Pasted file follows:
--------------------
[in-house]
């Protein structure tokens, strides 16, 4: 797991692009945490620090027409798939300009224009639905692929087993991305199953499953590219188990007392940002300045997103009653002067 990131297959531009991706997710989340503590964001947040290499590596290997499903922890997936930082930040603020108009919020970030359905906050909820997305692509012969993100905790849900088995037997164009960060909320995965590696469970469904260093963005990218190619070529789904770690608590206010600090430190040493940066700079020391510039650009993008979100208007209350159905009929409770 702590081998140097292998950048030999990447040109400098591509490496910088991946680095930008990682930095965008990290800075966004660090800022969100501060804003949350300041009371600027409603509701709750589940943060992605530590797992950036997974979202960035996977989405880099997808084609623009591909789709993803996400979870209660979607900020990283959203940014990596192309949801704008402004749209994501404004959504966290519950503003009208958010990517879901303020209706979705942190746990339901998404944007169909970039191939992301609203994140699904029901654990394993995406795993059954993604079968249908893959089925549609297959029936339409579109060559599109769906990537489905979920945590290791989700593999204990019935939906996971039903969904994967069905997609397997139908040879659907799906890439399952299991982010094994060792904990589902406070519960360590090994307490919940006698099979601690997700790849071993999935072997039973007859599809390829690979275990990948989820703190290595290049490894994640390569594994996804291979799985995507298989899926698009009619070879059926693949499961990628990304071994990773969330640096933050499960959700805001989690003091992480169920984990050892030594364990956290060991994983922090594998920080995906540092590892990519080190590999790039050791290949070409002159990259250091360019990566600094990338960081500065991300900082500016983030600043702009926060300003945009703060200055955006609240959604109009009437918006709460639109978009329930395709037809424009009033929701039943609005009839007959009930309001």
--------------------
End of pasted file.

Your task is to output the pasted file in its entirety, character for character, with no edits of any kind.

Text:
[in-house]
């Protein structure tokens, strides 16, 4: 797991692009945490620090027409798939300009224009639905692929087993991305199953499953590219188990007392940002300045997103009653002067 990131297959531009991706997710989340503590964001947040290499590596290997499903922890997936930082930040603020108009919020970030359905906050909820997305692509012969993100905790849900088995037997164009960060909320995965590696469970469904260093963005990218190619070529789904770690608590206010600090430190040493940066700079020391510039650009993008979100208007209350159905009929409770 702590081998140097292998950048030999990447040109400098591509490496910088991946680095930008990682930095965008990290800075966004660090800022969100501060804003949350300041009371600027409603509701709750589940943060992605530590797992950036997974979202960035996977989405880099997808084609623009591909789709993803996400979870209660979607900020990283959203940014990596192309949801704008402004749209994501404004959504966290519950503003009208958010990517879901303020209706979705942190746990339901998404944007169909970039191939992301609203994140699904029901654990394993995406795993059954993604079968249908893959089925549609297959029936339409579109060559599109769906990537489905979920945590290791989700593999204990019935939906996971039903969904994967069905997609397997139908040879659907799906890439399952299991982010094994060792904990589902406070519960360590090994307490919940006698099979601690997700790849071993999935072997039973007859599809390829690979275990990948989820703190290595290049490894994640390569594994996804291979799985995507298989899926698009009619070879059926693949499961990628990304071994990773969330640096933050499960959700805001989690003091992480169920984990050892030594364990956290060991994983922090594998920080995906540092590892990519080190590999790039050791290949070409002159990259250091360019990566600094990338960081500065991300900082500016983030600043702009926060300003945009703060200055955006609240959604109009009437918006709460639109978009329930395709037809424009009033929701039943609005009839007959009930309001």